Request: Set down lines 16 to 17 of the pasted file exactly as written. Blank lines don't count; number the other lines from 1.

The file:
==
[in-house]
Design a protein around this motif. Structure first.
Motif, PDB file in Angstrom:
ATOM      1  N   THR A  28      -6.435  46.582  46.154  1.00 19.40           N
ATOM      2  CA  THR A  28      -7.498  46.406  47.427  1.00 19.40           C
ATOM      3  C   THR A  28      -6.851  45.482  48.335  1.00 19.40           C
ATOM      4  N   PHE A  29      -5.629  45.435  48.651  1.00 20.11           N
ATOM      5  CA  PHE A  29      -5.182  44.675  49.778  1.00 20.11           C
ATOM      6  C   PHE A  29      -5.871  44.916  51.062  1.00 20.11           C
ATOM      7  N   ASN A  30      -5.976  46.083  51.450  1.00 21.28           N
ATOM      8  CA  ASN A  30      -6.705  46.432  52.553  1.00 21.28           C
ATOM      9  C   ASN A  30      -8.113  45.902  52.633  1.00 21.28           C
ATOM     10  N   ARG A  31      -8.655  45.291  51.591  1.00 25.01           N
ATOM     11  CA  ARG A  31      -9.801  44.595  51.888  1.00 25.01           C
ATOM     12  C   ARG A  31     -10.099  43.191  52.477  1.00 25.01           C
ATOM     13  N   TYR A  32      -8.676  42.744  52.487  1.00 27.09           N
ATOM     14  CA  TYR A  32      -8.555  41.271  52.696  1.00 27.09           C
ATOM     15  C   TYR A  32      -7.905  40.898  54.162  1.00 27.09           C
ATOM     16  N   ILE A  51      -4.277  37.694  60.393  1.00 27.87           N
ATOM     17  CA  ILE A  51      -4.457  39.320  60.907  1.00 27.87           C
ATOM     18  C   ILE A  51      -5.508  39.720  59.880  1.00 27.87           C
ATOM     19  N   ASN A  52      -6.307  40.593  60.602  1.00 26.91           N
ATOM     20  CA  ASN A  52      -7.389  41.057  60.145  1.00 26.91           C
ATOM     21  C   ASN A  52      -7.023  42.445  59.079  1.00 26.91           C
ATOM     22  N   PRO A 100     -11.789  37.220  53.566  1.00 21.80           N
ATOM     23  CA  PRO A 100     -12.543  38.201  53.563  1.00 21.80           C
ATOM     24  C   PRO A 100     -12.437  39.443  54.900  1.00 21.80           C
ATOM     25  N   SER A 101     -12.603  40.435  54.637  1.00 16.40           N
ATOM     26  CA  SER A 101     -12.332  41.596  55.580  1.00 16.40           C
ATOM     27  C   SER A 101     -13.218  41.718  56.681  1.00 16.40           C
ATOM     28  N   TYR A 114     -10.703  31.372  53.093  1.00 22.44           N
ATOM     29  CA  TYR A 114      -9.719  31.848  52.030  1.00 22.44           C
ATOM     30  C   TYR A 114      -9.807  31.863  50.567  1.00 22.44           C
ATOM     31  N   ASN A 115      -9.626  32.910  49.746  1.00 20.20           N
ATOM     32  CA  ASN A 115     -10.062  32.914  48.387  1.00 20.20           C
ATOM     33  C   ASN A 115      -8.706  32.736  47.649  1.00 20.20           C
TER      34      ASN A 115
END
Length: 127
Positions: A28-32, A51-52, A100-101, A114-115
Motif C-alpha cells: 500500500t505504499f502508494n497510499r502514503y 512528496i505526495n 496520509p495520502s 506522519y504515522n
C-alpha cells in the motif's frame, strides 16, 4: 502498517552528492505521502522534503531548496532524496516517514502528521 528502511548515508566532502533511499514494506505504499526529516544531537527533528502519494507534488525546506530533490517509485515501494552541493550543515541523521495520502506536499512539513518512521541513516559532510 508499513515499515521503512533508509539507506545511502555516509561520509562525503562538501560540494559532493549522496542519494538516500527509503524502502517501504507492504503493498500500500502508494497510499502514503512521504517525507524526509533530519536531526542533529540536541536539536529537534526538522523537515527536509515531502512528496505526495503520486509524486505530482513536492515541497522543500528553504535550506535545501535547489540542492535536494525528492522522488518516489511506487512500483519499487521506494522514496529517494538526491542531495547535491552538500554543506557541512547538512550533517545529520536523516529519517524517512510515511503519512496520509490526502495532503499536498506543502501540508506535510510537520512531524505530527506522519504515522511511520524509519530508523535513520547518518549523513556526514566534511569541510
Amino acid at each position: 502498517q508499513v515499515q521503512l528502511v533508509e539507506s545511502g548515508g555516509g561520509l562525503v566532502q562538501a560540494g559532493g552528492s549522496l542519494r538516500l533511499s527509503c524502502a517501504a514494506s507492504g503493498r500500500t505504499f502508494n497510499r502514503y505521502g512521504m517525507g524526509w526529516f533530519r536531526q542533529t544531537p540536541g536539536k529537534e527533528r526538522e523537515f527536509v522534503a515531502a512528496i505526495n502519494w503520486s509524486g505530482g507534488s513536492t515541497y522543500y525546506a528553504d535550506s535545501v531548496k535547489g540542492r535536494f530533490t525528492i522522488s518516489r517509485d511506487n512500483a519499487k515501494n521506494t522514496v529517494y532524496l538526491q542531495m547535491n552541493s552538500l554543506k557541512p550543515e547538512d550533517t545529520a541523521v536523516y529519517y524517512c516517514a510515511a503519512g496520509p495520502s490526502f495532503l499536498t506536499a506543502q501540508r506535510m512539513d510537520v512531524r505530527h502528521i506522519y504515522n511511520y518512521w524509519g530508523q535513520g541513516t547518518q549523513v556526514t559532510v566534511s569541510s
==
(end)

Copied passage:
ATOM     13  N   TYR A  32      -8.676  42.744  52.487  1.00 27.09           N
ATOM     14  CA  TYR A  32      -8.555  41.271  52.696  1.00 27.09           C